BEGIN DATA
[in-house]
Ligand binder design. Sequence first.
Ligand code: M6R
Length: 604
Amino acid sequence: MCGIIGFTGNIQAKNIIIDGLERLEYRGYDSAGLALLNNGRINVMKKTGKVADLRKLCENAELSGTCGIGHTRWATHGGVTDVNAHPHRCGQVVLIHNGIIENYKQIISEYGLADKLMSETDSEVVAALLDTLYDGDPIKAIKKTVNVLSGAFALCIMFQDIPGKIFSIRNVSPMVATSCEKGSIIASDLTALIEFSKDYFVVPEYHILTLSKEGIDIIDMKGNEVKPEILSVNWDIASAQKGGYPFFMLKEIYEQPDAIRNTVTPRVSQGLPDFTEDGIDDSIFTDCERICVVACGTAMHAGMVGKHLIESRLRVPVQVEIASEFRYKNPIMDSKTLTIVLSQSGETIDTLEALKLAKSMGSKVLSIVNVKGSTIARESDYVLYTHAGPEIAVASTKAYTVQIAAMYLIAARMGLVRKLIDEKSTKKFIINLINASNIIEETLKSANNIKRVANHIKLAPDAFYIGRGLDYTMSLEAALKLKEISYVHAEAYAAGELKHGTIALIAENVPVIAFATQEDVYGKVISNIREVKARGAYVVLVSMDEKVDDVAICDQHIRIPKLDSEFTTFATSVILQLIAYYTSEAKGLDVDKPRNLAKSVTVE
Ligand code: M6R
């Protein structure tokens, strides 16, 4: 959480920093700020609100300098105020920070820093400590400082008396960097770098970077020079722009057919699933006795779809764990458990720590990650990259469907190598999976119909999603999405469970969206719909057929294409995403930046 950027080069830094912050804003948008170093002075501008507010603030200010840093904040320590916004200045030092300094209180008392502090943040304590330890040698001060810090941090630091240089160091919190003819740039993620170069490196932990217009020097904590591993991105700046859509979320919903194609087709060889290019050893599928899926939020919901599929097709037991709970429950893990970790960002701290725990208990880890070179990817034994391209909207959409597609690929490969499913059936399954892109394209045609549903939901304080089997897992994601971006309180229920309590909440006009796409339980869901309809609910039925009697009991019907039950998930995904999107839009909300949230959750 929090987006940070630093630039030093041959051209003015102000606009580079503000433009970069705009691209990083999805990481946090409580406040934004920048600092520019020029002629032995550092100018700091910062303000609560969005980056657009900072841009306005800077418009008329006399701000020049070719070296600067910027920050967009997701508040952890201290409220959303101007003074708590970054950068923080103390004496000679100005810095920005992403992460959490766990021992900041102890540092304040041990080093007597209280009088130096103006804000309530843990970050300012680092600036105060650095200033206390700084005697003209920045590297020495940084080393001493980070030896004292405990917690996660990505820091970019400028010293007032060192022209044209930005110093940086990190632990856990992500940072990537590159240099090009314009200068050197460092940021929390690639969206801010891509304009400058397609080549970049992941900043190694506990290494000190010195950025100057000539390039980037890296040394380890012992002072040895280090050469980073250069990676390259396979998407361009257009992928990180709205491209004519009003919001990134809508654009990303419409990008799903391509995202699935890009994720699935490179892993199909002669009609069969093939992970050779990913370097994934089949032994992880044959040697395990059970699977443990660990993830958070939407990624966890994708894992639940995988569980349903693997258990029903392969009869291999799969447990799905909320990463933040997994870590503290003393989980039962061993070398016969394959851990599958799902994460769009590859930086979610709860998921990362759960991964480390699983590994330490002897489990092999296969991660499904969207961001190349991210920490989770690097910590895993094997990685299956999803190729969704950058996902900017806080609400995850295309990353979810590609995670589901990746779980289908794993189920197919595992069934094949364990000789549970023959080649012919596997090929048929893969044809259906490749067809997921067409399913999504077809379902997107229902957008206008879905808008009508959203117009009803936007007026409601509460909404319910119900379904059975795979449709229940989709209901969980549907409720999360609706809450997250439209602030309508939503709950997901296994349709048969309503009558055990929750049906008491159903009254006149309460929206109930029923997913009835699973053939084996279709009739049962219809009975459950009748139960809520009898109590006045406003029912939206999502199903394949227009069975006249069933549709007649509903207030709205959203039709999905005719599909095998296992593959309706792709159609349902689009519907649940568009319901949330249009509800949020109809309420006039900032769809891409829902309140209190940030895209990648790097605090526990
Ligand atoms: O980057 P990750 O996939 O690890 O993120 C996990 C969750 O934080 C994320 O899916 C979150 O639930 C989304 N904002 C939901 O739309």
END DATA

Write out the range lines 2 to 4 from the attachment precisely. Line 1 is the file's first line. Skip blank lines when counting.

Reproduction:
Ligand binder design. Sequence first.
Ligand code: M6R
Length: 604